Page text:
Angela Jackson

From Greenville, Mississippi and later raised in Chicago, Angela Jackson‘s poetry evinces southern and midwestern language influences. A member of Chicago’s Organization of Black American Culture (OBAC), Jackson’s work explores various aspects of the African-American experience and reflects her involvement in the Black Arts movement.

Winner of the Carl Sandburg Award for Poetry for her 1993 collection Dark Legs and Silk Kisses: The Beatitudes of the Spinners, Northwestern University Press has described her poems as a “deliberate reshaping of myth in the context of contemporary human experience.” As Jackson herself has said about the place of African-American poetic tradition in contemporary American poetry, “popular culture is no longer a barrage assaulting and insinuating its way into our psyches but mediated by an ever-present and ever-living cultural tradition and individual experience”.

Her published poetic works also include Voodoo/Love Magic (1974), The Greenville Club (chapbook) (1977), Solo in the Boxcar Third Floor RE (1985), The Man with the White Liver (1987), and All These Roads Be Luminous: Poems Selected and New (1997).

Poetry Center Reading:
Fall 1998

Practicing Patience

Think of country roads, dusk and dust.
Think of rivers, flat or wild.
Think of moonlight.
Things that last forever.

Think of quilting.
Think of washing greens.
Think of cleaning chitterlings
+++with your face turned away
+++wrinkled up in eager disgust.
+++Scrape the stink from the lining.
+++Scrape and pray the stink away.
Think of the curves on the rocking
chair.
Extend.
It is a circle.

Walk winding like a road.
Walk like a river.
Walk like the moonlight.
Walk however long you need for dust to
+++settle within you.
Walk forever.

Quilt.   Wash greens one leaf at a time.
Clean chitterlings, if you must. Scrape
inside the wrinkle of things.

Sit and rock to the edge of the runner.
Extend.   You are a circle.

From AND ALL THESE ROADS BE LUMINOUS (Northwestern University Press, 1998)

Bread

Woke up this morning with The Blues
all around my bed / Tried to eat
my breakfast / Blues all in my bread.
–Traditional Blues line

this is the moment between night train whistles.
bitter the end at the stair of notes.
the blue spaces in the spider’s Reconstruction
dream.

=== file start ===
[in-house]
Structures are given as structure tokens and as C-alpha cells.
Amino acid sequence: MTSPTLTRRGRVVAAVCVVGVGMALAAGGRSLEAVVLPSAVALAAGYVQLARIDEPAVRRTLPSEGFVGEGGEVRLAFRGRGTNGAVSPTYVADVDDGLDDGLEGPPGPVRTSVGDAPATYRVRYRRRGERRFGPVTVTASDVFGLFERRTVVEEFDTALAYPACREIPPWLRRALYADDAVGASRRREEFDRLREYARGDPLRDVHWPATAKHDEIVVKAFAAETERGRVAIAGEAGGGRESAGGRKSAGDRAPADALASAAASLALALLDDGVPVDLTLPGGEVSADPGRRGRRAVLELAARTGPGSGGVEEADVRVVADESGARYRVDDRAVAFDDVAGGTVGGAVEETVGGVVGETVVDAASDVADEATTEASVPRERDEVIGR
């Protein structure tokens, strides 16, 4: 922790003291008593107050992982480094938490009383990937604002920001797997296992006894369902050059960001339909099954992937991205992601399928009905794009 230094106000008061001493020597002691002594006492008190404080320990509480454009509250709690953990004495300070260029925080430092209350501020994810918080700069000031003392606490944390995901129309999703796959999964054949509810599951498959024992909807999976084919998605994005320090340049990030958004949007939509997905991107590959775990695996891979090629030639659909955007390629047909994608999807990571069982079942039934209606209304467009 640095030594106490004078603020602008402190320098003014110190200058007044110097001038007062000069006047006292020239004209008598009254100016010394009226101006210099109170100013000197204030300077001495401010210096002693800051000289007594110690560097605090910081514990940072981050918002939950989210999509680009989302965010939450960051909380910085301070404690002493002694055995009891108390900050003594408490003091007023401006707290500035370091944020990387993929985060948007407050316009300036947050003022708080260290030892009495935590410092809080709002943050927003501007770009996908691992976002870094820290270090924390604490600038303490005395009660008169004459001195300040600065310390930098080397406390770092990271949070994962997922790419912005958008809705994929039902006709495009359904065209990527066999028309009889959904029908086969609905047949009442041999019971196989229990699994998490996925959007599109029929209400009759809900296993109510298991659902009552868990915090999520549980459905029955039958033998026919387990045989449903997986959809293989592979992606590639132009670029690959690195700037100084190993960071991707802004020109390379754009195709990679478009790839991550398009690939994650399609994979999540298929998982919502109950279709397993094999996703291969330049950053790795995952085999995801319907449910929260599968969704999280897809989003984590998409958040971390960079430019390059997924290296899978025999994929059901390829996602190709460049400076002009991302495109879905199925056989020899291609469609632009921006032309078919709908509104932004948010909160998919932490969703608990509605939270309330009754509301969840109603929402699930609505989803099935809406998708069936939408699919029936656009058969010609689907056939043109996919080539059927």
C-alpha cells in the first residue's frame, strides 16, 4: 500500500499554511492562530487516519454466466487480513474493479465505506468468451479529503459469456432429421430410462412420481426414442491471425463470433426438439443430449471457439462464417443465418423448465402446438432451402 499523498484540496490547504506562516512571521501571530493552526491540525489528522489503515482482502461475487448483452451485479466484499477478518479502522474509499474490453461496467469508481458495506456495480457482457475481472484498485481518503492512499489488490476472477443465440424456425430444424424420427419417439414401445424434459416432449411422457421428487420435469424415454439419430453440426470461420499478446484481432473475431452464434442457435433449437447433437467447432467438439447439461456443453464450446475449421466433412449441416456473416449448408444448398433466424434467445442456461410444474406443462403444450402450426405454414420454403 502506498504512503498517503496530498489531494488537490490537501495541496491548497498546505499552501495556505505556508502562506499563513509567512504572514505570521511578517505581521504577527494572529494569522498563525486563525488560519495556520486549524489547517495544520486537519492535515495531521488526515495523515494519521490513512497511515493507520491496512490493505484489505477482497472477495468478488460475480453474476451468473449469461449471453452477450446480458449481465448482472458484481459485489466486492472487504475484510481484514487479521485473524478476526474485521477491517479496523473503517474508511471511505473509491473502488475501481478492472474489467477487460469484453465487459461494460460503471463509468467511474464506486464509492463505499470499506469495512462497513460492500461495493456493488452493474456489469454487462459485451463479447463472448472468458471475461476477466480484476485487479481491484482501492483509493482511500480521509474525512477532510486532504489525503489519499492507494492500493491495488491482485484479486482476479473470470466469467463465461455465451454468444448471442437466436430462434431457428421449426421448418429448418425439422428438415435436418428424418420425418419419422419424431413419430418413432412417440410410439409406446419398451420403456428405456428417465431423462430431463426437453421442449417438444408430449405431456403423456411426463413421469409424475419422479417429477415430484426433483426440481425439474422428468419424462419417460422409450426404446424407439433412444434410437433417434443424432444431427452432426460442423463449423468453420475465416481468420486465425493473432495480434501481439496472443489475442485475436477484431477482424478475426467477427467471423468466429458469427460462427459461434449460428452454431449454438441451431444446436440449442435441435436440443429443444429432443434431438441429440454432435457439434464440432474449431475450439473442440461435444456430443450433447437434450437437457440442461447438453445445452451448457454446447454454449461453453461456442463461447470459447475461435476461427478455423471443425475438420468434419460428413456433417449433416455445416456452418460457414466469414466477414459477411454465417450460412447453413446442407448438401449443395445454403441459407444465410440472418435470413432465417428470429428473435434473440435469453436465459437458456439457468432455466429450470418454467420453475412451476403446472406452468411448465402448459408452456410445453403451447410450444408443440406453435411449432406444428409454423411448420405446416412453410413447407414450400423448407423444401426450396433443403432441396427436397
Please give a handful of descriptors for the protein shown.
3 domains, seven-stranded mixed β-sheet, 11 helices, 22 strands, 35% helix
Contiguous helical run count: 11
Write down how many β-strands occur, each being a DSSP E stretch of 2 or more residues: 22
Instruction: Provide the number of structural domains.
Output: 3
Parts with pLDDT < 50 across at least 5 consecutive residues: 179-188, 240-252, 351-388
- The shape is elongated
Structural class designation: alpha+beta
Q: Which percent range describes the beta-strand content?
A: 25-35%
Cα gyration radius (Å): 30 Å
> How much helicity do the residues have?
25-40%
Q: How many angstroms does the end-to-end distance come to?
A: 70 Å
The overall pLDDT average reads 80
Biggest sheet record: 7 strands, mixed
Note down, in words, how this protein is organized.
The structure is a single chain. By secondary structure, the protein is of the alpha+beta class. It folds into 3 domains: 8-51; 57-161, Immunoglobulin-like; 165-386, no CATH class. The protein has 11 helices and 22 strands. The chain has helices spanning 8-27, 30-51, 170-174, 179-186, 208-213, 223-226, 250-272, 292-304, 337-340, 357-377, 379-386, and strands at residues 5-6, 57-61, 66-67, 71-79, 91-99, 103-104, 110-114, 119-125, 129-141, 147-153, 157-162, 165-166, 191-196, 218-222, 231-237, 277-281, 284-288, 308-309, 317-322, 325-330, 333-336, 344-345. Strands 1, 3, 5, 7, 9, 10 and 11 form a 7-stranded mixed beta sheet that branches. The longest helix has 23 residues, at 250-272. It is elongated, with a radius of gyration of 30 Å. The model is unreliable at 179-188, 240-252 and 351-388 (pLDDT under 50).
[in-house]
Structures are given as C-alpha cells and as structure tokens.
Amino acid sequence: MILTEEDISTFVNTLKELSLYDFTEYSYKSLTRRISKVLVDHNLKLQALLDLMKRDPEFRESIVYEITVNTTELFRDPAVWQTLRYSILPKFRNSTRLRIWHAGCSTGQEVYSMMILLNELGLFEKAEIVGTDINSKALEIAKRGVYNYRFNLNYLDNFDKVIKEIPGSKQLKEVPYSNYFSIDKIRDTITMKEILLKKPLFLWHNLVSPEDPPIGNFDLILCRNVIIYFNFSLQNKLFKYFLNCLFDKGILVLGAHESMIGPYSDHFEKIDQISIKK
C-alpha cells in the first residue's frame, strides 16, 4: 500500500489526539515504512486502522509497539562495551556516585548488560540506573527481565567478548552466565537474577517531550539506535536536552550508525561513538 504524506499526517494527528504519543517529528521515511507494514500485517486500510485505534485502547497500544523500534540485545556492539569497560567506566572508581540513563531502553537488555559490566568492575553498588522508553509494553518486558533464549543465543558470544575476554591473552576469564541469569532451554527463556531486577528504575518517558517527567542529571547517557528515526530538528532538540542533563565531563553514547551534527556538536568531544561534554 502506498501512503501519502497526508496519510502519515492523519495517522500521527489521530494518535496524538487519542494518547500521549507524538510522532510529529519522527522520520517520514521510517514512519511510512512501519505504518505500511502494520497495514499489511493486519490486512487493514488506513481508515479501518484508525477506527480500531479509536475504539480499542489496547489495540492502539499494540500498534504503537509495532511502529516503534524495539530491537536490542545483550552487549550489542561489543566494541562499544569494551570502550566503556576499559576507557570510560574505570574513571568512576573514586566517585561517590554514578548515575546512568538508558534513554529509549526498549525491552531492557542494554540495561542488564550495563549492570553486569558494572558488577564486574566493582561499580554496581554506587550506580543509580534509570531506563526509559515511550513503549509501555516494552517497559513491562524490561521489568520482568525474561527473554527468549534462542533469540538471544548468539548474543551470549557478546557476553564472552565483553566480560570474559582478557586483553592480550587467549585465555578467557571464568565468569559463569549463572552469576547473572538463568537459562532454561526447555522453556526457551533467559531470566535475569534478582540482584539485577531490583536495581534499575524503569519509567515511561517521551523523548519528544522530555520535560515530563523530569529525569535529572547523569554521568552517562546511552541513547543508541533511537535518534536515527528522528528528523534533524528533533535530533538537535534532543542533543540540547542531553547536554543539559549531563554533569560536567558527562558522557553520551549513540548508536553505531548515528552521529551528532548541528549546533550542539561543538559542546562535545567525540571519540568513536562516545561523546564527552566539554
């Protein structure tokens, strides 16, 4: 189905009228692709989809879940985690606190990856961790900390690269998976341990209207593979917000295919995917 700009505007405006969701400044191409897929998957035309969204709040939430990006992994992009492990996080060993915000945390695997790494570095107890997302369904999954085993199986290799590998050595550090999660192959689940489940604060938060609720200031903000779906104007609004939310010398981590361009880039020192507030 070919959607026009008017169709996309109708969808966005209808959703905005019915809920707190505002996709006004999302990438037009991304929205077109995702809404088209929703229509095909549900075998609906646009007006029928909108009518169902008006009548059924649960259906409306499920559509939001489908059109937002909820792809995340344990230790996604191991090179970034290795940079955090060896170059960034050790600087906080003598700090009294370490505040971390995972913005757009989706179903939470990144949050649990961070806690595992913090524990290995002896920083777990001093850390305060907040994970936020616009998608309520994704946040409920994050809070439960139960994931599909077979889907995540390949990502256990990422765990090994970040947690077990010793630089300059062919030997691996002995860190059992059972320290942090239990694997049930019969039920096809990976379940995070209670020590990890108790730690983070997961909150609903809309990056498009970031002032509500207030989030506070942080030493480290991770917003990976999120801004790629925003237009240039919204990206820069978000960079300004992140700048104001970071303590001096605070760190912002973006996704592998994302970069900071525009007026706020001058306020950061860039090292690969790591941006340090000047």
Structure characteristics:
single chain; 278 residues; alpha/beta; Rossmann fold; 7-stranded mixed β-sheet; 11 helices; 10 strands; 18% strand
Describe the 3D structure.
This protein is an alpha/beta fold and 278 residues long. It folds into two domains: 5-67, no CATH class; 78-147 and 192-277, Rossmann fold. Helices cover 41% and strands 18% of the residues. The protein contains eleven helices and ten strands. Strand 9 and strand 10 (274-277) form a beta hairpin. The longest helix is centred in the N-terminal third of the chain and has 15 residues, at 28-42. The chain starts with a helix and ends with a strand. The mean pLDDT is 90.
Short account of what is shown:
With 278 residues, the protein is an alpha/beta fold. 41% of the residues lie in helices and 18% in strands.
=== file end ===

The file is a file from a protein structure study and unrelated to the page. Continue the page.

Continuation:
That’s how you live between paycheck and payment due.

+++Your mouth is a flat blue coin purse.
Breath-
less.
Lips spent kisses,
and tongue bankrupt
of bliss.
What air robbed you?

Every bone begs advocate.
Each rib needs a union.
At least conspiracy. Yet
for every sole
and palm-
a callus.

Last night trains whistled and pulled your last reserves
all aboard.

Your hair went on strike.
Nothing’s been right, but your right palm itching.
Then your
left.

You doing these luckless chores
and their children and children’s children.
Your hands roughened
by disappointment.
Trace the meaning of that word
in your palm if you will.
You asked for bread.
You could break your teeth on the song of what you got.

From AND ALL THESE ROADS BE LUMINOUS (Northwestern University Press,1998)

Faith

Longlegged boys leapt from rooftop to rooftop.
The dark between their legs widening as they spread.

We never questioned the quiet behind the house until the boys made
their legs scissors and cut it. What we thought could not be cut,
as it was made from the stones on the floor of the alley below,
the eaves above the garages that slanted, so standing there was an
art
and lifting off
a greater one.

They could have fallen, but they would not have fallen.
Gifted by heaven to lose gravity in the dark, gain grace
enough to make girls weep to follow, all of us, even looking up,
born anew in midair, no longer grievingly human, mute.
The wind in our mouths. each breath big, sweetened with amazement.

Once black boys, innocent as angels, leapt from rooftop to rooftop.
Full splits on a floor of dark air, each time a happy ending.
Isn’t that enough?

From AND ALL THESE ROADS BE LUMINOUS (Northwestern University Press, 1998)